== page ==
Public Health Resources


Videos on Helping Babies Survive

Global Health Media Project, an organization producing videos that bring to life critical health care information for providers and populations in low-resource settings, announce the release of a suite of videos supporting the practice of newborn resuscitation. These videos reflect the latest Helping Babies Breathe (HBB) guidelines from the American Academy of Pediatrics.

* Helping Babies Breathe at Birth ( ): This video uses live footage to demonstrate the key steps in resuscitating a newborn following the HBB guidelines.
* Teaching Points for Newborn Resuscitation ( ): This video demonstrates eleven key teaching points to improve a trainee’s practical knowledge of the steps of basic newborn resuscitation.
* Helping Babies Breathe with a Training Doll ( ): This video shows the basic steps of newborn resuscitation using a training doll.
* Cleaning Resuscitation Equipment ( ): This video shows the key steps of cleaning resuscitation equipment to make it safe for the next baby. Four additional videos each focus on a single method: autoclave, boiling, steam, and chemical disinfection.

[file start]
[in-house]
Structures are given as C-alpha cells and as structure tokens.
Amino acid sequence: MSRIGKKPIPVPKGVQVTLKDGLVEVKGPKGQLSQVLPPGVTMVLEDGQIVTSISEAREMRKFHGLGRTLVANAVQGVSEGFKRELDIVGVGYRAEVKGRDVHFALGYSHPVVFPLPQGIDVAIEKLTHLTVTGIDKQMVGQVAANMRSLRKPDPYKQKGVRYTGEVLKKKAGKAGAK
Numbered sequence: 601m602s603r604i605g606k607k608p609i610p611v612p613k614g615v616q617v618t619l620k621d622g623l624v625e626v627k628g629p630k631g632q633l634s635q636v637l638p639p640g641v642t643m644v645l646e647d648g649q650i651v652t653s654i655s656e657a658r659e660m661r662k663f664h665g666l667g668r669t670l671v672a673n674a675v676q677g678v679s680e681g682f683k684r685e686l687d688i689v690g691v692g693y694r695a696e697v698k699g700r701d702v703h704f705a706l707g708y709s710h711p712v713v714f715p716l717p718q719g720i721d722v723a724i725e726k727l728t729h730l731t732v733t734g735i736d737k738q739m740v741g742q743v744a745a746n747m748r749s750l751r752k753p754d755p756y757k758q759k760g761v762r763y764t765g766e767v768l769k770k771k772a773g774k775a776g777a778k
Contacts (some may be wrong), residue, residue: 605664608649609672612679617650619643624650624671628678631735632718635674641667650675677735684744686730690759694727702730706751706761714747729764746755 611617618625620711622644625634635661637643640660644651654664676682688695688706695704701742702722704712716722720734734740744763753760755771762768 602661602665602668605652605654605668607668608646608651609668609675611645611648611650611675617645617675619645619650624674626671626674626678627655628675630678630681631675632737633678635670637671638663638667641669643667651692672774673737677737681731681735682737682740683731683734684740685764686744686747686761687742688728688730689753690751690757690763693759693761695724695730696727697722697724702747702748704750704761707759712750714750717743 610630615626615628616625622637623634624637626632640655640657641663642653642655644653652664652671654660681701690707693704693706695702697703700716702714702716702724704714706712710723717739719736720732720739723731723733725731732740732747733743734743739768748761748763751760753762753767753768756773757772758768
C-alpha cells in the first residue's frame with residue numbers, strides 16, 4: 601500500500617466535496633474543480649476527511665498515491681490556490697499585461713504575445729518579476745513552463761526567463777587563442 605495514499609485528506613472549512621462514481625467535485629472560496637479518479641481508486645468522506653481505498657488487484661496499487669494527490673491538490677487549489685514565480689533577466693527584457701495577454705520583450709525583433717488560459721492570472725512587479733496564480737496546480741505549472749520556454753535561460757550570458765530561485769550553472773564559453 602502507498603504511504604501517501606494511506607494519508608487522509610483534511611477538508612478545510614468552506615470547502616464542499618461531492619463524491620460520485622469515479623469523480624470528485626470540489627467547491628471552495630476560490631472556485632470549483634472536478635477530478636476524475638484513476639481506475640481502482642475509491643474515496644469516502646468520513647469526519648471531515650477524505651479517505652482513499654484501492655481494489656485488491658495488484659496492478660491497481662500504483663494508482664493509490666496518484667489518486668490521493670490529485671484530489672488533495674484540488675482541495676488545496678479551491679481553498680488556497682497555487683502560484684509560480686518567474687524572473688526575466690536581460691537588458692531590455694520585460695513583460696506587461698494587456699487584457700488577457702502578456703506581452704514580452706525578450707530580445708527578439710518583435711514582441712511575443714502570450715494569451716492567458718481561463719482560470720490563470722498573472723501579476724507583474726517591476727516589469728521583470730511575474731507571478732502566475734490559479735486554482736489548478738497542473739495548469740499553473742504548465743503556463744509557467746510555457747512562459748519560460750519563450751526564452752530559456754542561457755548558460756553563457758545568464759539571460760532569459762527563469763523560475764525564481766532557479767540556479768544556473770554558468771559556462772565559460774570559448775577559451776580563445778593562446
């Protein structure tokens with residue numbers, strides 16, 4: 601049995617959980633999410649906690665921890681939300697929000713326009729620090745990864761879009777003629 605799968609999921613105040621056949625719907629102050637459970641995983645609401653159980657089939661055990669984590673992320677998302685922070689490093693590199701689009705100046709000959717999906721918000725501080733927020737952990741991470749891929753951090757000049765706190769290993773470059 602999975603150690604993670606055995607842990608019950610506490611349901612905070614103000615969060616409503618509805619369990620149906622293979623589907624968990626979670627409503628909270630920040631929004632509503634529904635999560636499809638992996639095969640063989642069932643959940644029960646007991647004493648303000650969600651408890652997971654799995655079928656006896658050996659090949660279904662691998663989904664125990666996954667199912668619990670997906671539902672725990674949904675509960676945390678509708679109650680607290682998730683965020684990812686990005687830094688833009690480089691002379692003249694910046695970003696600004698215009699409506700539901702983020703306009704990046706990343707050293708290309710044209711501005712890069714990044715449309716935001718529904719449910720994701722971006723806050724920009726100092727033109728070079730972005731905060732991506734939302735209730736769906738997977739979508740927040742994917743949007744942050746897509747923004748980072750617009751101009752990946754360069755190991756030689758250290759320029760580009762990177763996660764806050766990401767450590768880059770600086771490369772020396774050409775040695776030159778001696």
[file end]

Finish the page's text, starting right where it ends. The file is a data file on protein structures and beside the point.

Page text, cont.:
You can view and download the videos from:

Free online courses

Find free online courses from the London School of Hygiene and Tropical Medicine at: More CPD course are listed in the July 2019 issue of Africa Health ( – see Please tell us of other reliable online courses that might be of interest to health professionals working in South Sudan. 

The Wellcome Trust is investing £80m in snakebite treatment.

  • Treatments for snakebites already exist and yet the human toll from snakebites is one of the world's biggest hidden health crises. They kill more than 120,000 people each year and leave another 400,000 with life-changing disabilities, mostly in the poorest communities. To prevent this, we want to help make safe, effective and accessible snakebite treatments a reality.
  • Every 5 minutes... approximately 50 people are bitten by a snake, of whom 25 people will be envenomed (injected with venom), 4 will be permanently disabled and 1 will die.
  • Many people die from snake bite on the way to a health facility as a result of being transported lying flat on their backs and having their upper airway obstructed by vomit, or paralysis of muscles in the tongue. Keep them on their left side with mouth turned down so that the risk of this is reduced.